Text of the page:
Finally a blues record that Philip K. Dick would love!
The science fiction writer would surely have dug The Thirteen Bar Blues, subtitled New Developments In Electronic Jazz by saxophonist, software engineer, and electronics tinkerer Luc Houtkamp. Known for his recorded duets between real time saxophone and computer generated improvising software, Houtkamp has moved the worlds of human and artificial intelligence just a little bit closer.
His band pow3 takes on the future of roots music, possibly recording the music Hal, from Space Odyssey 2001, would have made. Mr. Houtkamp knows computers (robots anybody?) have souls. This very rough edged blues recording pulls switched binary notes from far with the guts of the logic board.
Like Robert Johnson before him, Houtkamp believes there ain’t nothing beautiful about playing the blues, except for playing the blues. The creaks, clanks, fuzz and spark here is from space debris—the discarded R2D2’s of this world. Along with pow3 (Han Buhrs, Guy Harris, and DJ Donotask), the saxophonist reanimates the gutbucket via computers. And yes, the music is scratchy, white-noised machine firings. Percussion, the human kind, is added by Martin Blume. But mostly its the rumblings of the IT back room here.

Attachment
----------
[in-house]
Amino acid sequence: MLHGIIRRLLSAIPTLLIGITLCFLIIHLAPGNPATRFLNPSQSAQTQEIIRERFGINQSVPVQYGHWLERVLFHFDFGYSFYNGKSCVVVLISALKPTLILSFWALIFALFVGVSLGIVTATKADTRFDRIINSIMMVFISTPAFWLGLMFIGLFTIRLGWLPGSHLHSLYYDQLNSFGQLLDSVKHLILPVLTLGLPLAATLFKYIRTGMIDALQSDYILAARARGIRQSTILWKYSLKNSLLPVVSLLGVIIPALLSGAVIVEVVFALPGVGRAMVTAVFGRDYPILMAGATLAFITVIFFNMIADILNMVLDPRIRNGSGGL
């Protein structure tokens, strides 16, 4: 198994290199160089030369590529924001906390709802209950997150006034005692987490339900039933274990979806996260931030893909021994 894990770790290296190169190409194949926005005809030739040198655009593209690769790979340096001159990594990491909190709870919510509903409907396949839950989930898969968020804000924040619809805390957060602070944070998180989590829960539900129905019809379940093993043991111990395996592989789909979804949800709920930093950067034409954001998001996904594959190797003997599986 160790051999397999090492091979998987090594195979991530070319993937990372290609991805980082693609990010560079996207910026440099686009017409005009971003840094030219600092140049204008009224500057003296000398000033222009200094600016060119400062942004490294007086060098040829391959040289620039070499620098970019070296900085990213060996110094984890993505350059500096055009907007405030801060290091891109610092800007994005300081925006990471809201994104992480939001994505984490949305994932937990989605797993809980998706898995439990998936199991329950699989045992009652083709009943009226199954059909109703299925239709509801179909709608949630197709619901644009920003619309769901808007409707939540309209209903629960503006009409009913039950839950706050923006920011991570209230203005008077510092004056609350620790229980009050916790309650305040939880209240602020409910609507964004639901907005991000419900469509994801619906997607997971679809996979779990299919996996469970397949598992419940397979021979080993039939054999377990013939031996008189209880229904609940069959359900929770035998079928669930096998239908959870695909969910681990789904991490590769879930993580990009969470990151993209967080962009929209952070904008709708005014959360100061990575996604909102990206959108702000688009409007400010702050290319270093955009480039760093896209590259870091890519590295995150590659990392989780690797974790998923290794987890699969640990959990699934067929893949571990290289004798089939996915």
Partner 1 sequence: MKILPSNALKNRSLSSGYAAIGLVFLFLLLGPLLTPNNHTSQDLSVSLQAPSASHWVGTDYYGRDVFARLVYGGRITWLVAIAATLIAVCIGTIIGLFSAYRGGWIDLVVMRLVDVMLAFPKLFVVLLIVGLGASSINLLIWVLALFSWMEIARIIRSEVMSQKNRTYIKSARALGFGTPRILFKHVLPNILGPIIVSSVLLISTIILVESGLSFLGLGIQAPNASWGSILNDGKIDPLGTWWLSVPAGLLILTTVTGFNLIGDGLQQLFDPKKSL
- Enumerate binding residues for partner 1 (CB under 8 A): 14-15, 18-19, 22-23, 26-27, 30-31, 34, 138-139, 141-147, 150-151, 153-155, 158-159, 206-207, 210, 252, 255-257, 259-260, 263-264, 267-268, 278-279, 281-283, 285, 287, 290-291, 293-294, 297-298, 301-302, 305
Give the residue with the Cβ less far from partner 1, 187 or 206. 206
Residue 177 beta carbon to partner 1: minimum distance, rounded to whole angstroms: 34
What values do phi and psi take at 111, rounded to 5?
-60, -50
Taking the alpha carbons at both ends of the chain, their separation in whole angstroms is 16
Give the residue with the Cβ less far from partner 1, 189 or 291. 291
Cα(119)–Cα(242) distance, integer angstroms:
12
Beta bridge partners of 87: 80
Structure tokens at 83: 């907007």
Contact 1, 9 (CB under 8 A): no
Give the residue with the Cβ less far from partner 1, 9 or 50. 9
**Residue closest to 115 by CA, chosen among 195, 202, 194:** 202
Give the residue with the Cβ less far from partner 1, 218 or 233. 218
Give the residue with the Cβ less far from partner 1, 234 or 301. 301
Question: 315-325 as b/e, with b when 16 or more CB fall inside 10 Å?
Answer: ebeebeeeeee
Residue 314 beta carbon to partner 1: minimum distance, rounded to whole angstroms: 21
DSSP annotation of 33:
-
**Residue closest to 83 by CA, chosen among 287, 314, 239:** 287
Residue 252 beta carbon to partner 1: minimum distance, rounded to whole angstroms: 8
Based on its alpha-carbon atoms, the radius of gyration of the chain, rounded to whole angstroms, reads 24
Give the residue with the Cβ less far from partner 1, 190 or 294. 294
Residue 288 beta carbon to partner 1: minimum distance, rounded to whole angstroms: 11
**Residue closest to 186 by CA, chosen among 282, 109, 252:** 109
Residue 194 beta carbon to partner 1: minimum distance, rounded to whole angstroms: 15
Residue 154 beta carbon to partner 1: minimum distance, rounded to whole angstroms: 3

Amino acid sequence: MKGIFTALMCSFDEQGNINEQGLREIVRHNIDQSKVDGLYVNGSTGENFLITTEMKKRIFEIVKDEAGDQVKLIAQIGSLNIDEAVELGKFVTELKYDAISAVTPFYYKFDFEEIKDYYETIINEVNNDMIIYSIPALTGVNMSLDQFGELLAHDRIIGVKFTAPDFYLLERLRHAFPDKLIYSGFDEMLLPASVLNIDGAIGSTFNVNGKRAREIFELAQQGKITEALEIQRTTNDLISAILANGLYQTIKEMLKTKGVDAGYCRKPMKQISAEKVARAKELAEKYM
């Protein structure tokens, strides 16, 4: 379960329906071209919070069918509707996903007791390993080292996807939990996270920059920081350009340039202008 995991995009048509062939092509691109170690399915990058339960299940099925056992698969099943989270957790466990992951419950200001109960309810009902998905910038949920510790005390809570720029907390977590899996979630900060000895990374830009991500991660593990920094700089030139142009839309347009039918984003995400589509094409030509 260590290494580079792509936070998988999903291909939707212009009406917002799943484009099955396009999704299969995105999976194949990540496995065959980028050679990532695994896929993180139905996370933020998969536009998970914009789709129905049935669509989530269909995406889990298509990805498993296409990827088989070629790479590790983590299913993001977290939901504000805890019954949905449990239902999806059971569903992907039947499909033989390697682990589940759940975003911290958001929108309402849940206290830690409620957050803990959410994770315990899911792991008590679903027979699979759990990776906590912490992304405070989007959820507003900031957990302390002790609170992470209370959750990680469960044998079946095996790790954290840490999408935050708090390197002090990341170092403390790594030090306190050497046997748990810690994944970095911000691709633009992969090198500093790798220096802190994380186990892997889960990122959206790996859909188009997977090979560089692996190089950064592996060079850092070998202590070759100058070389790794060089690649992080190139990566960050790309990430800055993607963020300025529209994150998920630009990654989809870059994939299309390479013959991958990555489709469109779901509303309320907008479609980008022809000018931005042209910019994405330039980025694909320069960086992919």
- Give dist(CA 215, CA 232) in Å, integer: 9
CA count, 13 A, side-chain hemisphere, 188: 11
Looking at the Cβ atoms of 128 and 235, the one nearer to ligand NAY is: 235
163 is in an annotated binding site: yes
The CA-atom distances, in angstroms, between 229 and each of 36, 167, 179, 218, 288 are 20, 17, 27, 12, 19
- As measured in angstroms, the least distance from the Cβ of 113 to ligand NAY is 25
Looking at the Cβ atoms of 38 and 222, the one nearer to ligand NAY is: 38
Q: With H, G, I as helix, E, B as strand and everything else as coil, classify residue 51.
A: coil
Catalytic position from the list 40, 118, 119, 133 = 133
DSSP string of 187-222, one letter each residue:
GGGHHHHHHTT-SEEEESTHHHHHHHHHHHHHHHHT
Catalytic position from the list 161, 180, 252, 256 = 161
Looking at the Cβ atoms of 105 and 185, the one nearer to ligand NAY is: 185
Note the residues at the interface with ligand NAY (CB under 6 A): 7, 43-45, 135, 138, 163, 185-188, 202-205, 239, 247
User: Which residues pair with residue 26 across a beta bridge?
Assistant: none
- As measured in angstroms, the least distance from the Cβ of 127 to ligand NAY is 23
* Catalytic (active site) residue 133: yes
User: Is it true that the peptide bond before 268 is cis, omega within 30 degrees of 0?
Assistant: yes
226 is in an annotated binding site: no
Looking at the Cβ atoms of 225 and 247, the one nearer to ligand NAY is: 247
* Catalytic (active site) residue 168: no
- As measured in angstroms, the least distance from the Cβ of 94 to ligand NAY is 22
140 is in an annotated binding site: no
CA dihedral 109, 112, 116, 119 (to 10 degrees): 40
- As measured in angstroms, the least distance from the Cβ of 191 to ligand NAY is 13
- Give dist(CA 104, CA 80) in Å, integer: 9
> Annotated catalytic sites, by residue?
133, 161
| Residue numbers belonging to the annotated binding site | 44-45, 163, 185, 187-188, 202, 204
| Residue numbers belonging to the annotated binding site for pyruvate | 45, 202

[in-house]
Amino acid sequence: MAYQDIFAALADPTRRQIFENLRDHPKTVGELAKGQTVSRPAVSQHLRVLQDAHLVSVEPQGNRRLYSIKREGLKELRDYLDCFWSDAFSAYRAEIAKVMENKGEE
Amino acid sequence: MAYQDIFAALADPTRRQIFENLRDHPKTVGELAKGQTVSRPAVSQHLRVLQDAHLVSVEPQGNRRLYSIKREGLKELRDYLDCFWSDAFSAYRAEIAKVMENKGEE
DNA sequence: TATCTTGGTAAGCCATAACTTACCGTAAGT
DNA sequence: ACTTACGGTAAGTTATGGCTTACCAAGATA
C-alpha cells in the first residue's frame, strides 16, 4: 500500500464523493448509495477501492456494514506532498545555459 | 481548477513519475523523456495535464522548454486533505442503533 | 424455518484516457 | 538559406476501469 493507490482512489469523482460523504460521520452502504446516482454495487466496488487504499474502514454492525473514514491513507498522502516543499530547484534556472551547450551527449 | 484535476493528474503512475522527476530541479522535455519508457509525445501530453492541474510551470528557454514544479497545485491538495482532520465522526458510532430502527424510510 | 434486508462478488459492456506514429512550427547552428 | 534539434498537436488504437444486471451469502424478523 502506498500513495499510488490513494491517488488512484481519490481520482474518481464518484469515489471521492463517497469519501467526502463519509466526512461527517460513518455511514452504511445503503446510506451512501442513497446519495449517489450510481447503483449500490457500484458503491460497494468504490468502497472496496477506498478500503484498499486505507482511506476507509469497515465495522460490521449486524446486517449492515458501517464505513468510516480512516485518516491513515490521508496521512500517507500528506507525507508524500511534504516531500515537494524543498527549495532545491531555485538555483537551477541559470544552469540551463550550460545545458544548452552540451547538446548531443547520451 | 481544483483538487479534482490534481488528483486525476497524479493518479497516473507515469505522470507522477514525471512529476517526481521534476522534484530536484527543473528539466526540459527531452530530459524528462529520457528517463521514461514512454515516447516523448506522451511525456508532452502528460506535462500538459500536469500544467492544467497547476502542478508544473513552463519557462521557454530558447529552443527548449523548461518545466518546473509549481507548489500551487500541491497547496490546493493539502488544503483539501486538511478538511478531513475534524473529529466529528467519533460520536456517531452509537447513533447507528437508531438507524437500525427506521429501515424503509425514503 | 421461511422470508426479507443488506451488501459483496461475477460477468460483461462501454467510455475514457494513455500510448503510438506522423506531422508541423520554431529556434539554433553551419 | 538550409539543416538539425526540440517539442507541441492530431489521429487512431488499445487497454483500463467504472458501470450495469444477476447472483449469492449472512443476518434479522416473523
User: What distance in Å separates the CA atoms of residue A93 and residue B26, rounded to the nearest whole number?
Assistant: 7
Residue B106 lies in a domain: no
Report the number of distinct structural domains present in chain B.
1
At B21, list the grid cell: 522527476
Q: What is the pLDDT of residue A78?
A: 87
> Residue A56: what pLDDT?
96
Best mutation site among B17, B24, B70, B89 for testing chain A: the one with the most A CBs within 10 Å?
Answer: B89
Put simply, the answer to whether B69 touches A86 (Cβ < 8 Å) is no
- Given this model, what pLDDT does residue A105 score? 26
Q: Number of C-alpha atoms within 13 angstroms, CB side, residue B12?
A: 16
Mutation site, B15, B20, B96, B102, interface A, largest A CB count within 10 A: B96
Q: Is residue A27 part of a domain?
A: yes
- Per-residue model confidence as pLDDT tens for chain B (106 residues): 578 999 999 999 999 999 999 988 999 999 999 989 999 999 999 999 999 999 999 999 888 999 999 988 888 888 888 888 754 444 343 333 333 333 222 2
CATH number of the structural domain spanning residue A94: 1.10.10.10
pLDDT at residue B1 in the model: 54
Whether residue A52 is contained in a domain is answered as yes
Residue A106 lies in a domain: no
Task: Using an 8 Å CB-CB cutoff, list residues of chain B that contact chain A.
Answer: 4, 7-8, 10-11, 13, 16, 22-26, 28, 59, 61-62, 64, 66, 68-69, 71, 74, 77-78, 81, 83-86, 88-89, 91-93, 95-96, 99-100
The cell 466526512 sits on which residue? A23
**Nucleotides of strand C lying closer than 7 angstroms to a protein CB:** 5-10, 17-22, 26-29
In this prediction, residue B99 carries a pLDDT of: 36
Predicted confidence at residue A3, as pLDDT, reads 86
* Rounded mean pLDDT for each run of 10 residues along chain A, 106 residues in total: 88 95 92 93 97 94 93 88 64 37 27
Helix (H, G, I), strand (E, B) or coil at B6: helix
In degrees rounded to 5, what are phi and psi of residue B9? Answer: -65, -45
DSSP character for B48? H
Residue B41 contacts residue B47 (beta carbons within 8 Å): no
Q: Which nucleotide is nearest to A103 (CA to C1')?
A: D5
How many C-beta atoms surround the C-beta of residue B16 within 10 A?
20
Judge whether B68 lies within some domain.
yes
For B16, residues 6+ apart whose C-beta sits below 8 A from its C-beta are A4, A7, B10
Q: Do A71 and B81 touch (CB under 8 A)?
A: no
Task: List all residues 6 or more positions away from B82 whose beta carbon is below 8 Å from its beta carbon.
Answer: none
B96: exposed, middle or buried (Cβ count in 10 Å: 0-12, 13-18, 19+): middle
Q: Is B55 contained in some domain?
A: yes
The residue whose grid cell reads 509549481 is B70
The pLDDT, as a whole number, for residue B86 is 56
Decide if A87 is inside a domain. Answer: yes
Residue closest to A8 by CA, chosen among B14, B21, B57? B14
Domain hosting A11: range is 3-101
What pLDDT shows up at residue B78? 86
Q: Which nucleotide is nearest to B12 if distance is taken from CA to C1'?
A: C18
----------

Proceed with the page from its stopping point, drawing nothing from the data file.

When Houtkamp lifts his saxophone, he delivers his duck-call-squank signature sound. For the most part the four “Work Song Workouts” are the best collaboration between computer, saxophone and voice. Bits of vocals come from deep within Han Buhrs about cigarettes, coffee, prison, end of days, the stuff us carbon life forms are so very concerned about.
Yes, this is the blues... and yes, it is also a heap of technological debris. Cheers!
Personnel: Luc Houtkamp - Computer, Tenor Saxophone, Sound Processing, Software programming; Han
Buhrs - Voice, Electronics; Guy Harries - Computer, Sound Processing, Crackle Box, Software
Programming; DJ Donotask - Turntables, Live Electronics; Martin Blume - Percussion.